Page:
Only reason I'm kind of interested is I'm mulling modding a v5 cold end with an M7 tap and seeing if a real e3D titanium heatbreak will fit well enough. The tricky part is getting the depth of cut just right. Even then I'm not convinced it would be a tight enough fit.

One of those Okazaki heating elements in a heating block could be awesome. I don't really know enough about them.

Edited 1 time(s). Last edit at 12/23/2020 11:09AM by DragonFire.
Re: Heatsink pastes for hotends
December 23, 2020 02:01PM
I agree that most pastes will dry out at FFF printing nozzle temperatures; but if they maintain sufficient flexibility to give a few years of service over a few thousand heating/cooling cycles, that should be enough for a practical heater.

I can't give any input on V5 cold ends or e3D titanium heatbreaks as I know nothing about them. This is not because I find any fault with them, but what I am trying to do is find ways of building things, like 3D printers for example, with the minimum possible of purchased parts, but with whatever scientific and technological knowledge and skills is needed.

Thank you for the pointer to Okazaki heating elements - had not found them myself although I have found several others. So far nothing that would make for a small enough heater coil with enough resistance that a higher voltage/lower current could be used. An example of this is that Okazakis smallest micro heater has a resistance of 26.9Ω/m. The available space is sufficient for only about 3.3Ω, somewhat too low for a practical heater.

There is an interesting nozzle heater on [www.youtube.com] from Friedr. Freek GmbH. I think this example is only 4mm inside diameter.

Mike
Re: Heatsink pastes for hotends
February 21, 2021 07:12AM
Just a quick report back and a further question.

I have used a new "magic gloop" called Mosquito Boron Nitride Paste [reprapworld.co.uk] which seems to be doing the job. I have now fed several meters of filament through a hotend at 230°C and the resistance of the element does not seem to change.

Down to the question. So far I have simply looked at the temperature chart from Repetier Host to see how much additional power is used to melt the filament, as compared to the heat that is simply lost to radiation and convection. As the charts have not really told me anything, has anybody got data on how many Watts of heating power is actually used in the melt process.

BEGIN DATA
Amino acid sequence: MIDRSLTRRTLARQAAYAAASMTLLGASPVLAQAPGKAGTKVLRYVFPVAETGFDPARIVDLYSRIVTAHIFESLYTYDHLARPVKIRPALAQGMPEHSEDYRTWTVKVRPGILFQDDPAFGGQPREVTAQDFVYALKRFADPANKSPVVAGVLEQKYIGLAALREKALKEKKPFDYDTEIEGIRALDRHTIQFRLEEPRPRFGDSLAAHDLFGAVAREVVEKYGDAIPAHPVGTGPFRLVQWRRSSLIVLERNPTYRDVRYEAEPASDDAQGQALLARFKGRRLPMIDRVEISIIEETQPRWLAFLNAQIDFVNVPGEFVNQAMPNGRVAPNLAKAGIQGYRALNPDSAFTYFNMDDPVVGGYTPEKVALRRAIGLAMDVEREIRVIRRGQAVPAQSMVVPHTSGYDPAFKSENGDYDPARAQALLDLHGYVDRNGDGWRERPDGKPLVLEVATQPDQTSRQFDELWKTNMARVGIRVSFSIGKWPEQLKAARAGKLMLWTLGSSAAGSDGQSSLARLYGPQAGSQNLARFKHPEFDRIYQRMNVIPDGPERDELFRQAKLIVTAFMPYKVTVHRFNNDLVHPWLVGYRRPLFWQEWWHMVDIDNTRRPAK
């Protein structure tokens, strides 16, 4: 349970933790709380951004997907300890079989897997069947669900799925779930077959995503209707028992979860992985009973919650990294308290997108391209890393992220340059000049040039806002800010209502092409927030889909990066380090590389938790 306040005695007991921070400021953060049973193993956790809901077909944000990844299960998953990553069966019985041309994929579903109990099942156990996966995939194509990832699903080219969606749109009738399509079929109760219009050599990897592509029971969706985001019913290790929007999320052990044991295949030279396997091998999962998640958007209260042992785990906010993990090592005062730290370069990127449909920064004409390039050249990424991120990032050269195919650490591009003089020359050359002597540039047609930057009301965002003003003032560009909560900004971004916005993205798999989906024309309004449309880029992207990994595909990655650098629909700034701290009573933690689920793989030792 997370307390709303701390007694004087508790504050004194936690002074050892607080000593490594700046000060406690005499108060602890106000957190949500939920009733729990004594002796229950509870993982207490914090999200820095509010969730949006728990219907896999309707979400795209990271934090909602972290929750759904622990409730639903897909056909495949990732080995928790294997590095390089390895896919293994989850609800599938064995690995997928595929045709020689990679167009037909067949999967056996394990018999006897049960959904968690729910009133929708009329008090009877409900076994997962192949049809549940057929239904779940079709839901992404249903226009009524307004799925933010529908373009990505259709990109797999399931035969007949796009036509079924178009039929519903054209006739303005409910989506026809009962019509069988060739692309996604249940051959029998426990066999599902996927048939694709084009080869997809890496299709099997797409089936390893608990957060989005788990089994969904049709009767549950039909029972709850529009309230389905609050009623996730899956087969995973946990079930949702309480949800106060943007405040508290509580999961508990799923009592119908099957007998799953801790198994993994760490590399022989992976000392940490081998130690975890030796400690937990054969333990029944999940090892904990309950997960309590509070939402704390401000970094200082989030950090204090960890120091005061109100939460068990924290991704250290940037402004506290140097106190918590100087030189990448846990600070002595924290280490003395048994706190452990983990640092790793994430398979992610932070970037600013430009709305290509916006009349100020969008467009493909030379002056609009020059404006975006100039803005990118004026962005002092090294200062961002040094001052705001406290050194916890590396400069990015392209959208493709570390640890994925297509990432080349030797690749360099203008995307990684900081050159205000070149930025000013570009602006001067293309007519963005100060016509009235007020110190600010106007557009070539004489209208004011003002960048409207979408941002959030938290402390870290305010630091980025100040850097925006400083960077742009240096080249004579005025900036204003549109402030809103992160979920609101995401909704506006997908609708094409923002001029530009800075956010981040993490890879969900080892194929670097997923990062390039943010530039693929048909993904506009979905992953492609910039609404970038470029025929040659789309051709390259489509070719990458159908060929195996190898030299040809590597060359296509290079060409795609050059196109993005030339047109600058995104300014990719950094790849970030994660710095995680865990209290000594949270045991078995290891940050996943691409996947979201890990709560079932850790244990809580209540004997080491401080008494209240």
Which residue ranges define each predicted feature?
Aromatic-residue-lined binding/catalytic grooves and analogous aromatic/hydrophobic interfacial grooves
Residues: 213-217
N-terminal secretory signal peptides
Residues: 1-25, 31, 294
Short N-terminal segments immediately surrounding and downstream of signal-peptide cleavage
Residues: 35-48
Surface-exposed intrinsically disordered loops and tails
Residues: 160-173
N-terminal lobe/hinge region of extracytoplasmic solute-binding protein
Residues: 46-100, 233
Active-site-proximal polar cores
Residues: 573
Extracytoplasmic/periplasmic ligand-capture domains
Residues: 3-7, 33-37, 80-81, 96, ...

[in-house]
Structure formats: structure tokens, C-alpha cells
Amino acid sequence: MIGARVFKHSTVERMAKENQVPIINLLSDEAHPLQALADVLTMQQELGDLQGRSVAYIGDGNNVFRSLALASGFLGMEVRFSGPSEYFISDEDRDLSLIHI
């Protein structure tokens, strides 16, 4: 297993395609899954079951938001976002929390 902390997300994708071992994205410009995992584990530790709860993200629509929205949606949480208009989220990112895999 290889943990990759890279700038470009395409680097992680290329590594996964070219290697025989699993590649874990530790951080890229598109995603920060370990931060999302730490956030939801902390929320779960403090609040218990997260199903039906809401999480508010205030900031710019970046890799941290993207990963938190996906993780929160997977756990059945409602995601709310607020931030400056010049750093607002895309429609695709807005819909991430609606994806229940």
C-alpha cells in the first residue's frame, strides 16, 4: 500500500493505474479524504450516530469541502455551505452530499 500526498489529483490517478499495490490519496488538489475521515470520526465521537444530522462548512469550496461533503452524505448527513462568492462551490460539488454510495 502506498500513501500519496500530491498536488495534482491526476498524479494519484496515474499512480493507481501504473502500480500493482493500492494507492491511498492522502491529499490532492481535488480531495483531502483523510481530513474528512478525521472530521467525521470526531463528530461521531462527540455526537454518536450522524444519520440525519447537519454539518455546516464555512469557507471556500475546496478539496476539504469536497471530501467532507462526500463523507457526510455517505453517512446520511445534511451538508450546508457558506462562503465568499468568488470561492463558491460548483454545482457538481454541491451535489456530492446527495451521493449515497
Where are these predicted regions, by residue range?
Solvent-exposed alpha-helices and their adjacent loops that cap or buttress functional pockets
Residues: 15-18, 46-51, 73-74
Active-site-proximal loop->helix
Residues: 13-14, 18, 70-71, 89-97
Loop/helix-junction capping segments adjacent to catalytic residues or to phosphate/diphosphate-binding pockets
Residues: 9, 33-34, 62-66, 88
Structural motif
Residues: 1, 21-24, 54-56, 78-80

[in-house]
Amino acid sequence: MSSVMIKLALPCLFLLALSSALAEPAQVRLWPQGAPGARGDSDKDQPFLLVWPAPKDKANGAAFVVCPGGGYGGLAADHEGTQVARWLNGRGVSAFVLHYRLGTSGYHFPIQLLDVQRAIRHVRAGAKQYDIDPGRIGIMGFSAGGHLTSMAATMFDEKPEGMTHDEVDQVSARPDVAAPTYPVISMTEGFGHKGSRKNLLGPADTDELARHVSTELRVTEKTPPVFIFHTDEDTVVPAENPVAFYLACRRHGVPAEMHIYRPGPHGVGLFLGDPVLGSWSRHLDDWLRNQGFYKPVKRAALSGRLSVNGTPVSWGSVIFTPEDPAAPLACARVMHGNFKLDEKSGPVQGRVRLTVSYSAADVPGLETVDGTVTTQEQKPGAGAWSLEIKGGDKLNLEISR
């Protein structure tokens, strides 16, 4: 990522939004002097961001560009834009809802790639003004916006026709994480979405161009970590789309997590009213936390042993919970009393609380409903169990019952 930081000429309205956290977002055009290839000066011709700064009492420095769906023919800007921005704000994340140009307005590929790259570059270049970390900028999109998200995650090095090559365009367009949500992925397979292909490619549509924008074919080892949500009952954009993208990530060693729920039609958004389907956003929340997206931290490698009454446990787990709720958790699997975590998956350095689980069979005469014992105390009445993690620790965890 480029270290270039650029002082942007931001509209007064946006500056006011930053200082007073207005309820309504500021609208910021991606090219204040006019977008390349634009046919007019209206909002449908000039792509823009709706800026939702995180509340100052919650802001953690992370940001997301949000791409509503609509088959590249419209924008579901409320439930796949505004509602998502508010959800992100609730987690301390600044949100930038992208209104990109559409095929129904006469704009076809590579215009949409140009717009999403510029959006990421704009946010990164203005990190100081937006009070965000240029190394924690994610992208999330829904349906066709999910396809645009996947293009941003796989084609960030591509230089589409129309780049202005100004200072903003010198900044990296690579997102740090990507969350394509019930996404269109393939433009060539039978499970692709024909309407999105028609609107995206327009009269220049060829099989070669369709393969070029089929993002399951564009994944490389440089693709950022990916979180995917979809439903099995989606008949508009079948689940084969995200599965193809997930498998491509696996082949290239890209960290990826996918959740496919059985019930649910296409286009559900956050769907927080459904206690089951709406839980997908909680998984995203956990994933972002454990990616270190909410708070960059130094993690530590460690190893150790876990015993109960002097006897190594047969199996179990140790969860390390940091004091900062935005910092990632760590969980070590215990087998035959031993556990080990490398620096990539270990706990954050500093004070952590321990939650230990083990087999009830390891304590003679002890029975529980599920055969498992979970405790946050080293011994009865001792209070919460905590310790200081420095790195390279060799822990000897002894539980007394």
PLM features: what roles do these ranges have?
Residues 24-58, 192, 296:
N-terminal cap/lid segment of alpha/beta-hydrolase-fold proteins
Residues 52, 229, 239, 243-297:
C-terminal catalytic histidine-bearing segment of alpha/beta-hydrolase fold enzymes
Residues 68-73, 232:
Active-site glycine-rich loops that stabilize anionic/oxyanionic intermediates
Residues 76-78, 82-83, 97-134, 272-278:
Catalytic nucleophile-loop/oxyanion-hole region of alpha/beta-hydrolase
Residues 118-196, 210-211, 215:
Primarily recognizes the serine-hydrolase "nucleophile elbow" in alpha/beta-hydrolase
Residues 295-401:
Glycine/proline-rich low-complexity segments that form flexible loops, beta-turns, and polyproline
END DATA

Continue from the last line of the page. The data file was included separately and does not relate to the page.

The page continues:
Mike
Re: Heatsink pastes for hotends
February 24, 2021 11:35AM
Hmm, so nobody can offer a real-world measurement of how much energy is used to melt the plastic filament. My best calculations, based on 100cm³ of ABS per hour is that this takes about 8W while observations show that about 11W is needed to counter losses to the environment. The hotend heats up from 20°C to 230°C in a little less than 2 minutes which seems to be a lot faster than with the no-name white heatsink compound or the Halnziye HY610 - foolishly, I didn't time how long it took to heat up with those compounds though.

The resistor itself seems to be well able to tolerate working at these higher temperatures as it took quite a bit of abuse to get one to fail in 80 hours at 280°C. The picture below is an excerpt from the Vishay datasheet for these resistors [www.farnell.com] Note the highlighted bit showing operation at 450°C



One correspondent tells me that the most likely cause of failure is frequent cycling of the spot-welded joint between the resistor element wire and the resistor end caps.

Mike
rq3
Re: Heatsink pastes for hotends
February 24, 2021 04:41PM
I know this is getting way off topic, but for embedding, potting, and general cementing of hot end parts, companies like Cotronics, Aremco, and Saureisen make ceramic adhesives with excellent thermal conductivity good for use to 3000 degrees F.

Just a thought.
Re: Heatsink pastes for hotends
February 25, 2021 09:07AM
Thanks, rq3. That was exactly on topic. For the moment though, I will simply list the companies for future investigation as, with fingers crossed, I have a suitable material.

Coltronics, in particular, appears to have a wide range of potentially suitable thermally conductive fillers although none of these companies seem to have a visible presence in the U.K.

Mike